Conjugated, fused ring polymers with alkyl side chains constitute a general class of organic semiconductors, offering some of the best thin film charge mobilities to date. Determining how the packing structure of these polymers impacts their charge mobility can be challenging. In early work, we focused on the characterization of a class of polymer semiconductors (pBTTTs) with extremely high crystallinity. The high charge mobility in these materials was thought to originate in facile two-dimensional transport both along the polymer chain and between chains via π-π stacking.
More recent work has caused us to revise this perspective. In collaboration with Imperial College London, we have discovered that several materials can exhibit excellent charge mobility even while having predominantly face-on orientation or lacking long range order entirely, both of which should dramatically limit charge transport via π-π stacking. Other work with highly aligned polymer films has shown that transport occurs predominantly along the polymer backbone, with charge transport via π-π stacking being poor. Together these results offer a new picture of charge transport in these polymers: it is predominantly one-dimensional along the polymer backbone, with occasional hopping via π-π stacking sufficient to move between chains. The structural figure of merit is therefore not the long range order, but the local molecular order (e.g., local ring co-planarity). An important implication of this is that new materials can simultaneously have high ductility and high charge mobility, a great combination for new flexible electronics products.
We have also investigated the role of order in organic photovoltaic devices. In collaboration with the University of Chicago, we measured the structure of a bulk heterojunction solar cell with an active layer of the polymer PTB7 blended with the fullerene PC71BM. This blend is produced by Solarmer Energy, Inc. and features power conversion efficiency greater than 7%. By reconciling order information from scattering with orientation information from spectroscopy, we determined that the polymer was only ≈ 20% ordered. The importance of order in organic solar cells is still hotly debated, but our work shows conclusively that high order is not a prerequisite for high efficiency.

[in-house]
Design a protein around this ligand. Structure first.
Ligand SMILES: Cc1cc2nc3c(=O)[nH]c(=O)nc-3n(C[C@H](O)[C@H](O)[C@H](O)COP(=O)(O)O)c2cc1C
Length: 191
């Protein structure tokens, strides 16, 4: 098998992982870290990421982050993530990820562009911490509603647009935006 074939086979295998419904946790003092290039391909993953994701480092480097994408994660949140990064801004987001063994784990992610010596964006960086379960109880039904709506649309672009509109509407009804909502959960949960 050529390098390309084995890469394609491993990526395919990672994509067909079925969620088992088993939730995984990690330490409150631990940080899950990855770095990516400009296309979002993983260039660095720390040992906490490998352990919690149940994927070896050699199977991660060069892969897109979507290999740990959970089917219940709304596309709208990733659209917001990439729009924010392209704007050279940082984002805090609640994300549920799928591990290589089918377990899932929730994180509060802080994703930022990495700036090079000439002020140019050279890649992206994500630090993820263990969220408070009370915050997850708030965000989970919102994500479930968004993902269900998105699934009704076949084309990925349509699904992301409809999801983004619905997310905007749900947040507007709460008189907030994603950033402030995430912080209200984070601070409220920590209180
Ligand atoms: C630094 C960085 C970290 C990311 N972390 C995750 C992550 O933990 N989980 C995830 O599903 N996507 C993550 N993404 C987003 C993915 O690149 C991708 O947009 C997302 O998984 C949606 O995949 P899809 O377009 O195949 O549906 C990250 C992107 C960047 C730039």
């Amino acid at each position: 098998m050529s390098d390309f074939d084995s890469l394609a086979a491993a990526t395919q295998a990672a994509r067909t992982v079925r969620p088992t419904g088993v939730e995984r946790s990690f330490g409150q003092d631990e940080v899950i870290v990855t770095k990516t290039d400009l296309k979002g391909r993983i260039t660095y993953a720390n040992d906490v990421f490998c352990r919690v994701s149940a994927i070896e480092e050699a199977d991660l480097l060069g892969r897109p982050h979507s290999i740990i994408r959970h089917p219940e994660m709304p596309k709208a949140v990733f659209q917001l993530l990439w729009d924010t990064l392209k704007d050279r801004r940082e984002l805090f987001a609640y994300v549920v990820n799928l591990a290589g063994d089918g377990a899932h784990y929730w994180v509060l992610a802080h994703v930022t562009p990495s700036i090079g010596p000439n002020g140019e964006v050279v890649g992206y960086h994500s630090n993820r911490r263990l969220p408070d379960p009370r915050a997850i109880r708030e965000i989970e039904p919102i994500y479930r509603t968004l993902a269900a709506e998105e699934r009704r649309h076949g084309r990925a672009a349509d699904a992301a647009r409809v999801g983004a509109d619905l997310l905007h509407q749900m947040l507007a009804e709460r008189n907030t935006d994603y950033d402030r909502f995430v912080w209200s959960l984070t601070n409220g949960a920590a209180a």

Figure 2: Solid angle considerations can create the illusion of orientation in grazing incidence diffraction of an isotropic material.
We provided a critical review and guide to measurements for the nanoscale structure of organic photovoltaic devices in an invited article in the journal Energy and Environmental Science. We discussed organic bulk heterojunction structural measurements of contemporary interest and importance including vertical stratification, molecular orientation and order, and nanoscale morphology. Specific recommendations were made regarding the technical implementation of some popular techniques, with an eye toward the elimination of artifacts, ambiguous data and misinterpretation.
Moving forward, we are adapting our methods to measure aspects of structure in situ during manufacturing. Our early work has focused on fast spectroscopic and frequency-based electrical techniques, but we will soon add fast X-ray scattering. These techniques will be implemented on a slot-die coater for roll-to-roll manufacturing, and our work will be focused toward informing process design choices and providing robust, science-based process control.